THE PACE CHRONICLE

Meet Angelo Spillo

Angelo Spillo (farthest to the right) has been dedicated to Pace for over 41 years. Photo courtesy of Pace.edu

Angelo Spillo (farthest to the right) has been dedicated to Pace for over 41 years. Photo courtesy of Pace.edu

Gerald Olvera, Feature Writer

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Dedicated, motivated, and organized are three words that best describe Angelo Spillo. He has educated, advised, and mentored students at Pace University for over 41 years.

He earned a bachelor’s in Education at Pace University in 1976 and volunteered at the Environmental Center. Spillo was hired full time as a Naturalist while earning his master’s in Public Administration at Pace.

Spillo was hooked from that point and went on to do research, attended other workshops in Environmental Science, and became the Coordinator of Environmental Studies.

Now the Director of Dyson College Nature Center, Spillo has witnessed the transformation of the entire Pleasantville campus.

“Pace went through drastic changes over the years, Spillo said. “The Environmental Center, before it became the Nature Center in 1971, was located where Elm Hall sits today.”

The Nature Center was at its peak between 1980 and 1990. It was equipped with an Equine and Environmental division. Eventually the Equestrian team was disestablished.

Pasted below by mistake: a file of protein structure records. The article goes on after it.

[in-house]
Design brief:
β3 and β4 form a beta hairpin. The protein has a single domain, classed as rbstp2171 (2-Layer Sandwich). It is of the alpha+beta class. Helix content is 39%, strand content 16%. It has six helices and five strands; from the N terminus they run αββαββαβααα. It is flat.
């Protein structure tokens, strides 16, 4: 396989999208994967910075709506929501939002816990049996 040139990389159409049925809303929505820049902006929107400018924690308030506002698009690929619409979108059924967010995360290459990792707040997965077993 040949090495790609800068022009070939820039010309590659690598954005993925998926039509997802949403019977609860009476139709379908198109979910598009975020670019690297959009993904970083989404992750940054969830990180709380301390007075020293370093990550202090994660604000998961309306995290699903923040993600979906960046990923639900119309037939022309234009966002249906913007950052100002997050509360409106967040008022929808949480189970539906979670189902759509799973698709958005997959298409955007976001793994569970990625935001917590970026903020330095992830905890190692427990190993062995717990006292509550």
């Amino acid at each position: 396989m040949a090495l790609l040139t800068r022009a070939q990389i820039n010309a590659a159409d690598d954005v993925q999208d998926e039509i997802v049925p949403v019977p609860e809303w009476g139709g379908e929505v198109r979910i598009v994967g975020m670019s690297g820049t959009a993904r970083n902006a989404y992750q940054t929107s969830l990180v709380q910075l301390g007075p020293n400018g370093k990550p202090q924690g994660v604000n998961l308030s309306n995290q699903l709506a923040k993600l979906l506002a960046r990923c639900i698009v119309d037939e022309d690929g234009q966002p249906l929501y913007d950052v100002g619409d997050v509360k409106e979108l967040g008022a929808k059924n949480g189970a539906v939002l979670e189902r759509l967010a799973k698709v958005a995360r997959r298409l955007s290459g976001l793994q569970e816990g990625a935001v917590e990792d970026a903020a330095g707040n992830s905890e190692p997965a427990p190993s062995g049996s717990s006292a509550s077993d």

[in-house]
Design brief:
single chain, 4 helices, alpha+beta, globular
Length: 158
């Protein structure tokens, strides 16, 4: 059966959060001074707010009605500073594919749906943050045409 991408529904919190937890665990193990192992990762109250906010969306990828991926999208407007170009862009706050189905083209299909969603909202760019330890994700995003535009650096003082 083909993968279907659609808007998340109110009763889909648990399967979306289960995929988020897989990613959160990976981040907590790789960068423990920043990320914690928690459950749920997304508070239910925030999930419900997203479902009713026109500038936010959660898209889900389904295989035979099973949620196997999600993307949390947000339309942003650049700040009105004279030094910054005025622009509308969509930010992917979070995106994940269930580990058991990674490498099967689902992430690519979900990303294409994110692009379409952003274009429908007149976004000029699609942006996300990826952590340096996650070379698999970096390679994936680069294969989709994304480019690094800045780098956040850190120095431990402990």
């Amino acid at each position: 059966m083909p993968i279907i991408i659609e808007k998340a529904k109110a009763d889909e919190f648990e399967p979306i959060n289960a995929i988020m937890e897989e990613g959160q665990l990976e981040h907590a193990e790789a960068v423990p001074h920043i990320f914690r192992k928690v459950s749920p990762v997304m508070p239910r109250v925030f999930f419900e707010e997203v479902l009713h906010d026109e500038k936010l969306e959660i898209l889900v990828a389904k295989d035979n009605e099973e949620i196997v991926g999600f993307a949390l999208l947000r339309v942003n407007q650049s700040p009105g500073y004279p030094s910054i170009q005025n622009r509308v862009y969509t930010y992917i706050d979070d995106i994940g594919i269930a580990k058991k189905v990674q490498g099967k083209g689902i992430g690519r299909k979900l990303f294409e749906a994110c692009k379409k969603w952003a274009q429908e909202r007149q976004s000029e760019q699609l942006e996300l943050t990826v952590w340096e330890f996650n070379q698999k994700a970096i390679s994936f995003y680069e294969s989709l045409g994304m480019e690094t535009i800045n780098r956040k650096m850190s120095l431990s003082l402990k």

Spillo advocated many programs for students during his tenure with Pace University. Especially fought to keep the Nature Center alive even when budget cuts threatened the program.

Spillo spent years planning for the future students and would eventually start teaching credit courses at the Nature Center. That evolved into the development of the Environmental Studies Department.

He has instructed teachers on how to bring environmental education into traditional classroom and taught environmental outreach programs to Cub Scouts and summer camps.

Spillo explains that students keep him focused and engaged. He enjoys when they come to him with ideas about the Nature Center.

He feels that his job allows for endless amount of creativity and is able to explore new avenues with students.

“As the environment begins to change, so does the science. The programs change and so do the students,” Spillo said. “Students come to me with new ideas and interacting with them is the fun part of my job.”

Students interaction and volunteering have reshaped the Nature Center into what it is today. All of the buildings, animals, nature trails and the garden have been conceived through student ideas.

Spillo believes the Nature Center as a whole provides many opportunities for students to learn about the environment and is also place of solitude, oasis on campus, or just a place to relax.

He has fought for years to incorporate more of the Nature Center by promoting environmental awareness and plans to administer surveys across campus.

“I enjoy helping students become aware of environmental changes,” Spillo said. “I have an opportunity to make an impact from a global perspective, I like that.”

 

 

 

 

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